Andrews Meets with Media

Arkansas offensive tackle Shawn Andrews is being treated by a Little Rock neruosurgeon for inflamed polyups. It seems doubtful the All-America junior will play in the Independence Bowl.

Unless his condition changes dramatically, All-America offensive tackle Shawn Andrews will not play in the Independence Bowl on Dec. 31 because of a severe infection of polyups in his sinus cavity. Steroids being used to treat the inflammation might leave him ineligible anyway.

However, head coach Houston Nutt said that no final decision has been made. Nutt said he is leaving the door open if doctors say that Andrews' condition is better this week. In any event, Zac Tubbs will start against Missouri in the bowl game in place of Andrews.

Andrews said, "As of right now, (not playing) might be the case. I will keep praying that something will change. I want to play."

"If we had Shawn, it would be a bonus," Nutt said. "Zac has worked hard and deserves to start at this point with all the work he's put in."

Andrews came to Walker Pavilion about midway through Sunday's workout to meet with the media. He said he is "following what the doctor has ordered. I told him I want to play, but he is a well-respected doctor, one of the best in the world and I don't want to go against what he said."

Andrews said his initial thoughts after meeting with the Little Rock specialist, one of the same neruosurgeons at the UA medical school who treated Danny Nutt, was "that I'm a grown man and I can make my own decisions. But he tells me it is a very serious condition and can be life threatening."

Andrews said he saw scans of his sinus cavities that showed "huge" polyups. He said the doctor told him that the polyps were dangerously close to his brain and highly infected.

"I've been having trouble with my sinus the last 15 years and I've seen many doctors for it, but it got worse about a month and a half ago when I awoke in the middle of the night," Andrews said. "This time I couldn't get any oxygen and I was choking. My throat ached and was dry. I tried to get to the sink to get water and couldn't make it. I fell down and couldn't breath. I got to a place that I don't want to mention to get some water. It wasn't a fountain or a sink. I was on my knees. That scared me."

Andrews said the condition continued to worsen despite antibiotics. He sought a specialist the week after the LSU game and was startled by the news that his condition could be life threatening.

"With the medicine I'm on now, I can't play without a risk," Andrews said. "If some particals of dust got in my sinuses and mixed with this medicine, it is a condition that could kill me. I can't risk that.

"It's not about worrying about an injury as some have said. The Good Lord has looked after me this far and I wasn't worried about getting hurt in the game. That's not what this is about. That was the last thing I worried about. I will say that the risk of not being able to play because of the sinus condition (at the next level) is something that concerned me. I need to get it taken care of because I have thought about the things that my family has not had all these years. I have a chance to do some things for them and for them to have things that we never had before."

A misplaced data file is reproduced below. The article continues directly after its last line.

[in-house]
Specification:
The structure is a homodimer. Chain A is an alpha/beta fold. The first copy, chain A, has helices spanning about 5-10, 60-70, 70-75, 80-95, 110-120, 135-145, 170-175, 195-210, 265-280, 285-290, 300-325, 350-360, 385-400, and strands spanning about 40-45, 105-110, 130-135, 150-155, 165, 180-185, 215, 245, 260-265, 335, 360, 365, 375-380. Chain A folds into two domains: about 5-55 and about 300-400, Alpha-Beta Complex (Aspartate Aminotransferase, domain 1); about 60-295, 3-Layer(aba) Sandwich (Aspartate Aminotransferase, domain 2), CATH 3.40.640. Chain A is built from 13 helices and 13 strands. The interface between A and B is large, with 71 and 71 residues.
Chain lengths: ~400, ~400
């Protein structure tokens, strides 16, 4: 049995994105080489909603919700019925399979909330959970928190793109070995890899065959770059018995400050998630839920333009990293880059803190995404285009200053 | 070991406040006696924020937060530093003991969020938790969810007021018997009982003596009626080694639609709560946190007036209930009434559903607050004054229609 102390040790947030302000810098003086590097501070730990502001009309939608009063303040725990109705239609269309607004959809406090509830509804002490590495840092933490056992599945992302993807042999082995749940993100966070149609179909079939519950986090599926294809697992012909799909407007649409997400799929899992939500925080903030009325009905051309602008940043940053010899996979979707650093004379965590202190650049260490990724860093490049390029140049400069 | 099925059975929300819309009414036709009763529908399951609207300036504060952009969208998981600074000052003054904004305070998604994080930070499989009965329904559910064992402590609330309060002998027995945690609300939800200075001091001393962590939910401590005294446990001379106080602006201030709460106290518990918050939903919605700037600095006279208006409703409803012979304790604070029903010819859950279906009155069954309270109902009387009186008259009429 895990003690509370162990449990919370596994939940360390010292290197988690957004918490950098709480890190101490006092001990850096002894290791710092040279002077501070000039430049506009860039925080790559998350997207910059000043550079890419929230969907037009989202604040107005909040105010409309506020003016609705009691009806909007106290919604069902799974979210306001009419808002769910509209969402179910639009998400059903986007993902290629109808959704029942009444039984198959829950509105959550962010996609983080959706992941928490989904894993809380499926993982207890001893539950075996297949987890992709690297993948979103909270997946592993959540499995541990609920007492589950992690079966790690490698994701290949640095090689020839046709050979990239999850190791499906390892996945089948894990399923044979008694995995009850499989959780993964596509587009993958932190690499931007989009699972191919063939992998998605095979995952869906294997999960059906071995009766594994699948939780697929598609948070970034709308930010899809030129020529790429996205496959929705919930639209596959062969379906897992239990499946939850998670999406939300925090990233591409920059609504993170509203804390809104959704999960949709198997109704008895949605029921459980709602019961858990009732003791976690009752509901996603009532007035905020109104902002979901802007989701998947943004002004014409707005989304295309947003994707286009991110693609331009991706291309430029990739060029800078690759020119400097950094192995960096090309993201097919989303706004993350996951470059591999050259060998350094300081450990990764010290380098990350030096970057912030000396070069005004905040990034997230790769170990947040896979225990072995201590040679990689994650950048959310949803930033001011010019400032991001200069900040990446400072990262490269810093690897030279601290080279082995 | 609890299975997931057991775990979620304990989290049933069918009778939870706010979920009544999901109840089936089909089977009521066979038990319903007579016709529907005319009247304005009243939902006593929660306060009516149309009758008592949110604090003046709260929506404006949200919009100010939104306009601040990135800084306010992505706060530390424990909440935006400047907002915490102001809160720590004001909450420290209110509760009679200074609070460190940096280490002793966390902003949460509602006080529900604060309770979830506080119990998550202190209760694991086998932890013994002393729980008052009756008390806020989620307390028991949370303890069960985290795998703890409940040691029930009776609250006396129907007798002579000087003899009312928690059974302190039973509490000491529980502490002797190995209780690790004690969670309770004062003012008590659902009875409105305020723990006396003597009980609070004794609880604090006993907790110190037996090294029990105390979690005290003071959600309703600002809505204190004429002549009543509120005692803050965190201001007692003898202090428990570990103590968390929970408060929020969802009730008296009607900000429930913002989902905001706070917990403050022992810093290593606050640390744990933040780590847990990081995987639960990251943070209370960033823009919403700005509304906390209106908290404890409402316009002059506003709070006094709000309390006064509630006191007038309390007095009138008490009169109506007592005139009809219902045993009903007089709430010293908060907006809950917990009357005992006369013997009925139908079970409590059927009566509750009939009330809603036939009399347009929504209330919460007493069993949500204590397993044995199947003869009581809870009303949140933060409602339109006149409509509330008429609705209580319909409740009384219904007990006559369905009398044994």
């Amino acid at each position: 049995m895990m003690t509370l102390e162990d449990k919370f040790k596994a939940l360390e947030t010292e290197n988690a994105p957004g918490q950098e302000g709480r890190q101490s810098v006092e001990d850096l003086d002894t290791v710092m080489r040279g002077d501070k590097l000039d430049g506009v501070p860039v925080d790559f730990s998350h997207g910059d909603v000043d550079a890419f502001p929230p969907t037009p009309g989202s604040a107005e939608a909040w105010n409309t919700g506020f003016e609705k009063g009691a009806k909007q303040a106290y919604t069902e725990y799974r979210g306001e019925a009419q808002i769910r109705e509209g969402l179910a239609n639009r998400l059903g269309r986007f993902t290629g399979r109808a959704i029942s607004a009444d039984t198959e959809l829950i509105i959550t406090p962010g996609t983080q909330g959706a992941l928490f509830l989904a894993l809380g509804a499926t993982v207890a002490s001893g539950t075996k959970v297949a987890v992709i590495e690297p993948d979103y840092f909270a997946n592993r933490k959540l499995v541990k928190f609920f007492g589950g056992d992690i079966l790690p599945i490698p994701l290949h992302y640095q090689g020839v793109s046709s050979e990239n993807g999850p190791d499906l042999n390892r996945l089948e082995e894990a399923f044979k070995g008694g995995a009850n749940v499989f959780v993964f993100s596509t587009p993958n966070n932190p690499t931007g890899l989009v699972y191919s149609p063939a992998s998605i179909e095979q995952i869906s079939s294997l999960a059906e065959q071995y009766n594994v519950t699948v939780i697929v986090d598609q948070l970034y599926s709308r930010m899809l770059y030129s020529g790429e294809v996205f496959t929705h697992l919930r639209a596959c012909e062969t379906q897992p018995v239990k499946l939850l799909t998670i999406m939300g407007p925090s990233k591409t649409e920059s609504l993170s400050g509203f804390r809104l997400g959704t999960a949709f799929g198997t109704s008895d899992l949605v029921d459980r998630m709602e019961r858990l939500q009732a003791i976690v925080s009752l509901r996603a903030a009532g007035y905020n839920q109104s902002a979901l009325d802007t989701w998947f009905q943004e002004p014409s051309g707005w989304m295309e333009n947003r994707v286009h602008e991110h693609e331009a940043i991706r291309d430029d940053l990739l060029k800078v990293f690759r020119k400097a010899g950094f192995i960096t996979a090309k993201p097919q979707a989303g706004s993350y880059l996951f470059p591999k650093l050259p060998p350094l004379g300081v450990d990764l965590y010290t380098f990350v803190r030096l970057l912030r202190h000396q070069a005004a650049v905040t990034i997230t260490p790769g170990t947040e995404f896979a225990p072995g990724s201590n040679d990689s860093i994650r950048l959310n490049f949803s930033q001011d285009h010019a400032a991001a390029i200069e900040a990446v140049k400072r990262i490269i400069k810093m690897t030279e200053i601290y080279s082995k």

Andrews said he met with both Nutt and his offensive line mates Sunday morning. He said both meetings were emotional and tough. Several members of the offensive line came over to Andrews near the end of practice to shake his hand and wish him well. Jerry Reith invited Andrews to a chilli dinner later that night, but Andrews said he would be en route to Little Rock to see his doctor.

"I talked to my offensive line teammates in the team meeting room this morning," Andrews said. "I wanted to tell them face to face. It's my duty to go face to face with them. I love them. It was very emotional. I wanted them to know this was not about me trying to get out of something. I wanted them to know that I wanted very much to play in this bowl. It is going to be played near my hometown and so many people would be there.

"This is a situation that I could die. At this point in my career, this could be a really costly. You can't go against one of the best doctors in the world. This is the doctor who treated Bill Clinton. He treated Coach Danny Nutt. I saw the images. He said the polyups are very big and close to growing into my brain."

Houston Nutt said he did not talk to the doctor who is treating Andrews.

"We'll leave that up to Dean Weber," Nutt said. "Dean will see what they think later in the week."

As for the steriods, Nutt said, "We think that the steroids would be passed through his system by the time we play the bowl."

Andrews said he planned to leave Sunday afternoon for Little Rock for another appointment with the specialist and more medicine.

"Right now, they are treating me with the steroids, and then they will try another round of antibiotics," Andrews said. "They say if that does not work and reduce the infection, then they'll have to do surgery. They are trying to cure this without surgery for the time being."


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